Referrals from other agencies can improve identification.

Given the potential challenges to identifying and referring all those subject to the new teenage parent provisions, it may be a useful strategy for welfare agencies to rely on referrals from other agencies that serve teenage parents. For example, Cal Learn staff considered referrals from schools and health care providers to be an extremely useful and important method of improving their coverage of eligible teenage parents and the speed with which they are brought into the program. Program staff from both California counties visited for the study reported that they were actively working to strengthen ties with schools and health care providers. These closer ties will allow Cal Learn staff to rely on these agencies for referrals of eligible teenage parents, so that the program can more quickly begin serving teenagers when they first become eligible for Cal Learn.

Local welfare staff in Massachusetts reported that the Division of Medical Assistance (which administers the state's Medicaid program) notifies the local welfare office of all births to families receiving cash assistance, so that the new baby is added to Medicaid. Staff described this process as very useful for identifying teenagers on existing cases who become parents.

Tanf and the Identification of Minor Parents

The new federal TANF regulations may require some states to develop the capacity to identify minor parents. A state that imposed the most narrow mandatory attendance policy allowed under TANF, one that applied only to unmarried minor custodial parents, would need the capability to identify minor parents (including those on someone else's case) from among its cash assistance caseload.

Attendance policies covering all school-age minors allow TANF compliance without identifying minor parents.

A substantial number of states, however, have chosen attendance policies for young cash assistance recipients that are consistent with this TANF requirement and that do not require identification of minor parents on someone else's case. For example, Virginia's state welfare reform initiative, implemented in 1995, meets the TANF requirement by mandating that all school-age minors (not just minor parents) attend school. Those who do not attend regularly can have their needs removed from the cash grant. By requiring all school-ageminors (including those who are parents) to attend school regularly as a condition for cash assistance receipt, the state can deny cash assistance to minor parents who do not attend school (as required under TANF) without being able to distinguish minor parents from other school-age minors on their caseload.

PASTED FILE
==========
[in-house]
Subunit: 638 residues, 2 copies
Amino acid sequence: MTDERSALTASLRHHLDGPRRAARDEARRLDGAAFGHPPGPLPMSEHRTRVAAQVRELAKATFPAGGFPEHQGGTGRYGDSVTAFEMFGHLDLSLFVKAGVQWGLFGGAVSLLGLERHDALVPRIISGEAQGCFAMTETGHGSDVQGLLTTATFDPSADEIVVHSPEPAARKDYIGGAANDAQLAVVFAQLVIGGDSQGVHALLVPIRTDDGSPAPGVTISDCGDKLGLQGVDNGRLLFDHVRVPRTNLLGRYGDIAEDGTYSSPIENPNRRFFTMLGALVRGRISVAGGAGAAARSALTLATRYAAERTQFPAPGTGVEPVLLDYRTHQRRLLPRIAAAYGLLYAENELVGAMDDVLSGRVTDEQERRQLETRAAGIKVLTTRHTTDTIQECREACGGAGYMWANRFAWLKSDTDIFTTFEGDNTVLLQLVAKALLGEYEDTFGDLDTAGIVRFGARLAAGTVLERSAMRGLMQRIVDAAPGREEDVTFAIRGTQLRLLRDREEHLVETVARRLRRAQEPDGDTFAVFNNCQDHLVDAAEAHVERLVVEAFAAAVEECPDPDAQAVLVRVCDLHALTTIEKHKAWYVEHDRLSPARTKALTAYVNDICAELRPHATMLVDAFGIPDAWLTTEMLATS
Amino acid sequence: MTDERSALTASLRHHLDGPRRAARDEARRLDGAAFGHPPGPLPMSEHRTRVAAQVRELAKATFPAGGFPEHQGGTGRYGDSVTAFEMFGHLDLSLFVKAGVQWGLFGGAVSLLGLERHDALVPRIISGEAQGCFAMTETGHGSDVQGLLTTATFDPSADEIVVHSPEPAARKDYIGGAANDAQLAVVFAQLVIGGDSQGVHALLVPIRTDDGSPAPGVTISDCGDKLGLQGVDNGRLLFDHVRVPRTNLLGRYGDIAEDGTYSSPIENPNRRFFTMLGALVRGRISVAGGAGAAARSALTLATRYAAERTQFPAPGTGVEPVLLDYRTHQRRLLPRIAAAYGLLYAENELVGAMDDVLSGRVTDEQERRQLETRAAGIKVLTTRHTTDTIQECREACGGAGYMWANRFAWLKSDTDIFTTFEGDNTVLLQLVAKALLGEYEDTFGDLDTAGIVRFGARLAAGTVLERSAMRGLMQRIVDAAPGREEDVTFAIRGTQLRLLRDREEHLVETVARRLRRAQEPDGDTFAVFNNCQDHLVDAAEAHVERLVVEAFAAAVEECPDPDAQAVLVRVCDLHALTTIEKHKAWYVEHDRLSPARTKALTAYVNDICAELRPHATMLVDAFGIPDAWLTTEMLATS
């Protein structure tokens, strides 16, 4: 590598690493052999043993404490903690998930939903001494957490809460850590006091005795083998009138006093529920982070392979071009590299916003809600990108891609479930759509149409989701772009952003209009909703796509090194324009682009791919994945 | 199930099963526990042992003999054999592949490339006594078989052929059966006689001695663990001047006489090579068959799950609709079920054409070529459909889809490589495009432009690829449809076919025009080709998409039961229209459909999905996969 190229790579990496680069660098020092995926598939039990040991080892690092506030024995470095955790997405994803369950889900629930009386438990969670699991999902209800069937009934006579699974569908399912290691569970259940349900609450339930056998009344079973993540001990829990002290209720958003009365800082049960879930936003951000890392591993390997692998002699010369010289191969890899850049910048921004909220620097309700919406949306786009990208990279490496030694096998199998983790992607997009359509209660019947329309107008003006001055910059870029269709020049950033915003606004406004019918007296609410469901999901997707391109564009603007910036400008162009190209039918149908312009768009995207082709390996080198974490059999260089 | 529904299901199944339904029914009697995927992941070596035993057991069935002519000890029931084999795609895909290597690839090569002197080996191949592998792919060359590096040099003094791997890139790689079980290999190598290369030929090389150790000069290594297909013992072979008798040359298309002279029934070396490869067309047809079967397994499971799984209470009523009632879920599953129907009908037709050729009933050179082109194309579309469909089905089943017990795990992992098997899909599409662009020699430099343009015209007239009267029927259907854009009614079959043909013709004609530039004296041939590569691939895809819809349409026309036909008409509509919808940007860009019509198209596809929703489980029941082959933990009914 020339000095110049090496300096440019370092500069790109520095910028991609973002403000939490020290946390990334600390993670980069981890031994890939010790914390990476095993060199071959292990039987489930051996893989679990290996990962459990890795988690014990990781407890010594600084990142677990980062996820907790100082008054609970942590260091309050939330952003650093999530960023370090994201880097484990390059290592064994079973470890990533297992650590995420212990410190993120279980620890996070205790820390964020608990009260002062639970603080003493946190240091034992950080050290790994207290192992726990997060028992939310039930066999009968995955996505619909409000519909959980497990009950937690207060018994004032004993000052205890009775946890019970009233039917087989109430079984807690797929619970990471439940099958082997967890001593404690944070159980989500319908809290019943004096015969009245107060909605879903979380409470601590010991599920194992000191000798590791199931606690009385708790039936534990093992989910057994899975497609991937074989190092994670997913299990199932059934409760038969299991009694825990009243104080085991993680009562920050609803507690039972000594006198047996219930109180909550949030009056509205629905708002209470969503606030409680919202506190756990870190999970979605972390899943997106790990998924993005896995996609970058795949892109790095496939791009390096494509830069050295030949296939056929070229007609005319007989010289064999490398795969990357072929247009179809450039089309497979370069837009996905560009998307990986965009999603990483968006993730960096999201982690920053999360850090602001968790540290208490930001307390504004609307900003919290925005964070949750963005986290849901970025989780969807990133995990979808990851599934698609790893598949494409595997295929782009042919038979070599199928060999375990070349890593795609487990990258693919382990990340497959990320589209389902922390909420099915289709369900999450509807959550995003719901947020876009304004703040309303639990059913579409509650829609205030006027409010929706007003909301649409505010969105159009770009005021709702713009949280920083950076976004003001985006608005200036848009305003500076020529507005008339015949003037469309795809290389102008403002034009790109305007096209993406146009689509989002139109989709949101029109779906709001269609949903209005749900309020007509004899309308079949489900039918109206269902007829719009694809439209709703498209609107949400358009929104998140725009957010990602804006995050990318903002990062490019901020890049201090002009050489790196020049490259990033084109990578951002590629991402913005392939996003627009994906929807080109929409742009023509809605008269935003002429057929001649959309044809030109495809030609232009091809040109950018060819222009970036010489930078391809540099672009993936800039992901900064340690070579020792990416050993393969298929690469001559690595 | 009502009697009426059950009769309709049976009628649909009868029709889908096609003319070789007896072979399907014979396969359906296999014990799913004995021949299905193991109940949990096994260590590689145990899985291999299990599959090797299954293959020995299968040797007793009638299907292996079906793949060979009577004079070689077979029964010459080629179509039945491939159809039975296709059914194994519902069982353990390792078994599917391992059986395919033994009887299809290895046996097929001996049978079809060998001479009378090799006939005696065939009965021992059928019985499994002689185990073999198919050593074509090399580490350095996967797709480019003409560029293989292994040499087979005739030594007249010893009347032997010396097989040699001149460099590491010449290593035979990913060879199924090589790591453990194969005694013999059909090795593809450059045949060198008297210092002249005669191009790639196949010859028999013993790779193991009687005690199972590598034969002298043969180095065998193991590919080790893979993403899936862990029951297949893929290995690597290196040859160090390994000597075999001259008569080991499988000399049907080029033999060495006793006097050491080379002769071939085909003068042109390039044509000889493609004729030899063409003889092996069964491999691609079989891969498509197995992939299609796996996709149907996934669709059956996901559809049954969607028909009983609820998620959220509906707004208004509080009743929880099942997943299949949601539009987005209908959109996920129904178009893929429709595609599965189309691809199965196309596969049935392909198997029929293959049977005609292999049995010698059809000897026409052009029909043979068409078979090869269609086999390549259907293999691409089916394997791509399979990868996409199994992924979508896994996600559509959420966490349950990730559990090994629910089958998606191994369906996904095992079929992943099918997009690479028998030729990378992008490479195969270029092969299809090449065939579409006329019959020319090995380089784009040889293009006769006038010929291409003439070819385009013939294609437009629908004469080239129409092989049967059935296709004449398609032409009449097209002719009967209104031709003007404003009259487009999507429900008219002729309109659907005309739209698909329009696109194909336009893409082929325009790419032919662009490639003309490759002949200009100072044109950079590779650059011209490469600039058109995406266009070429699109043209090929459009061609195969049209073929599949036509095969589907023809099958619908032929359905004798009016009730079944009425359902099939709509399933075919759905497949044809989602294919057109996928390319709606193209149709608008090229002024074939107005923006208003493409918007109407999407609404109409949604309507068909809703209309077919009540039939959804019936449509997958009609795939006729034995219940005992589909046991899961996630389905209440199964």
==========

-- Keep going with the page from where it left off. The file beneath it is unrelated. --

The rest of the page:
The new federal TANF regulations also require that states deny cash assistance to minor parents who do not live with an adult guardian unless certain limited exceptions apply. However, states do not need to identify minor parents on someone else's case to enforce this requirement, since, presumably, these minors are already living with an adult guardian (the case head). Therefore, states such as Virginia, which impose attendance requirements covering all school-age minors, will not need to be able to identify minor parents on someone else's case to comply with TANF.

However, a state that cannot identify teenage parents cannot target services to this population.